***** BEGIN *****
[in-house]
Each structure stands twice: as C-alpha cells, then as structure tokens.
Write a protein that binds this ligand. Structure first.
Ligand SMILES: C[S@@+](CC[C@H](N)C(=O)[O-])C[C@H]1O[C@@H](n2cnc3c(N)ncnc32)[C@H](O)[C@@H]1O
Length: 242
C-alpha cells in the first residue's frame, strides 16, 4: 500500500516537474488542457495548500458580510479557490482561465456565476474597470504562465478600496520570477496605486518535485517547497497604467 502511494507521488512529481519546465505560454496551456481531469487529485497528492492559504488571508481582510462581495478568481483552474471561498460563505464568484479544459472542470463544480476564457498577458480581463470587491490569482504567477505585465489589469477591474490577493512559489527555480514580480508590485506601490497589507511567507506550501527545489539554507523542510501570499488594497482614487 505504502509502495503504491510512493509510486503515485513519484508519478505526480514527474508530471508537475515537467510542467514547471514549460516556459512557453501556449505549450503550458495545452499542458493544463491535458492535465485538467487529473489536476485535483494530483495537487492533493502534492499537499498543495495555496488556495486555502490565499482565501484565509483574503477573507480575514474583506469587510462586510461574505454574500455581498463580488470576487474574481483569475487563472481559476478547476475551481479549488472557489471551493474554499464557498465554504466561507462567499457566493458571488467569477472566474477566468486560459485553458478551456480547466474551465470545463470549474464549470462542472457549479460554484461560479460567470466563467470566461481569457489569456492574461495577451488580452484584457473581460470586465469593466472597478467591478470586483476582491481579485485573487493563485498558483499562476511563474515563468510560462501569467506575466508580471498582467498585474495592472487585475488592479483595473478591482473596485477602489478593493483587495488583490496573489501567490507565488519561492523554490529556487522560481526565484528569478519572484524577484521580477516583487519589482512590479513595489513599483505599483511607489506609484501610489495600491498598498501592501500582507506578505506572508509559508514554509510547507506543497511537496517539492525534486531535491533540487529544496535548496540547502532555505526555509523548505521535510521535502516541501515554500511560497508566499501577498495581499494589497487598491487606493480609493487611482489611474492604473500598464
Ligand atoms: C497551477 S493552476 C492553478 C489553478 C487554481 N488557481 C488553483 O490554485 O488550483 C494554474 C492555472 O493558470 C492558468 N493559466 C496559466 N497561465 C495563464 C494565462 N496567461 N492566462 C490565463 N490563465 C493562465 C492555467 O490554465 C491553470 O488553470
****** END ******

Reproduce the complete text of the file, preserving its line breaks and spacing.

[in-house]
Each structure stands twice: as C-alpha cells, then as structure tokens.
Write a protein that binds this ligand. Structure first.
Ligand SMILES: C[S@@+](CC[C@H](N)C(=O)[O-])C[C@H]1O[C@@H](n2cnc3c(N)ncnc32)[C@H](O)[C@@H]1O
Length: 242
C-alpha cells in the first residue's frame, strides 16, 4: 500500500516537474488542457495548500458580510479557490482561465456565476474597470504562465478600496520570477496605486518535485517547497497604467 502511494507521488512529481519546465505560454496551456481531469487529485497528492492559504488571508481582510462581495478568481483552474471561498460563505464568484479544459472542470463544480476564457498577458480581463470587491490569482504567477505585465489589469477591474490577493512559489527555480514580480508590485506601490497589507511567507506550501527545489539554507523542510501570499488594497482614487 505504502509502495503504491510512493509510486503515485513519484508519478505526480514527474508530471508537475515537467510542467514547471514549460516556459512557453501556449505549450503550458495545452499542458493544463491535458492535465485538467487529473489536476485535483494530483495537487492533493502534492499537499498543495495555496488556495486555502490565499482565501484565509483574503477573507480575514474583506469587510462586510461574505454574500455581498463580488470576487474574481483569475487563472481559476478547476475551481479549488472557489471551493474554499464557498465554504466561507462567499457566493458571488467569477472566474477566468486560459485553458478551456480547466474551465470545463470549474464549470462542472457549479460554484461560479460567470466563467470566461481569457489569456492574461495577451488580452484584457473581460470586465469593466472597478467591478470586483476582491481579485485573487493563485498558483499562476511563474515563468510560462501569467506575466508580471498582467498585474495592472487585475488592479483595473478591482473596485477602489478593493483587495488583490496573489501567490507565488519561492523554490529556487522560481526565484528569478519572484524577484521580477516583487519589482512590479513595489513599483505599483511607489506609484501610489495600491498598498501592501500582507506578505506572508509559508514554509510547507506543497511537496517539492525534486531535491533540487529544496535548496540547502532555505526555509523548505521535510521535502516541501515554500511560497508566499501577498495581499494589497487598491487606493480609493487611482489611474492604473500598464
Ligand atoms: C497551477 S493552476 C492553478 C489553478 C487554481 N488557481 C488553483 O490554485 O488550483 C494554474 C492555472 O493558470 C492558468 N493559466 C496559466 N497561465 C495563464 C494565462 N496567461 N492566462 C490565463 N490563465 C493562465 C492555467 O490554465 C491553470 O488553470